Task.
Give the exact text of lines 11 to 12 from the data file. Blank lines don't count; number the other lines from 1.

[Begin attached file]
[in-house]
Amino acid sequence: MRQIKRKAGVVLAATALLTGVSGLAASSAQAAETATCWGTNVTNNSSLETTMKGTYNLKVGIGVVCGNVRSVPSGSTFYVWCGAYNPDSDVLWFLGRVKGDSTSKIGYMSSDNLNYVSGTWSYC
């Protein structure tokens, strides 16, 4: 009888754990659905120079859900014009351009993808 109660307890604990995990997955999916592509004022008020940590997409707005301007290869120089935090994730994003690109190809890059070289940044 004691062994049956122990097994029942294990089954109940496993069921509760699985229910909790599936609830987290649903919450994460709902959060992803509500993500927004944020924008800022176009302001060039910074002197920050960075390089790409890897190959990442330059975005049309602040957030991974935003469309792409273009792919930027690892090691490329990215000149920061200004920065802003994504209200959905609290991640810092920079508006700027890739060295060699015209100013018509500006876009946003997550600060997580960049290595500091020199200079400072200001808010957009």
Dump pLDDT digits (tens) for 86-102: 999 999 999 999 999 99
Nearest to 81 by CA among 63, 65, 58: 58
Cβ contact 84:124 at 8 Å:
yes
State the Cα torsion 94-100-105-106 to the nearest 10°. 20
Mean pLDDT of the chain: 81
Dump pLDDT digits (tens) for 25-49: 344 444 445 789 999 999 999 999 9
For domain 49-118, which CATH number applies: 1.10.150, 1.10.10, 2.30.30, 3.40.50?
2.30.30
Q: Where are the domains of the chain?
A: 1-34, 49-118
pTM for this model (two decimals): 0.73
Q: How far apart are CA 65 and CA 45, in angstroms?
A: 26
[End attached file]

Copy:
For domain 49-118, which CATH number applies: 1.10.150, 1.10.10, 2.30.30, 3.40.50?
2.30.30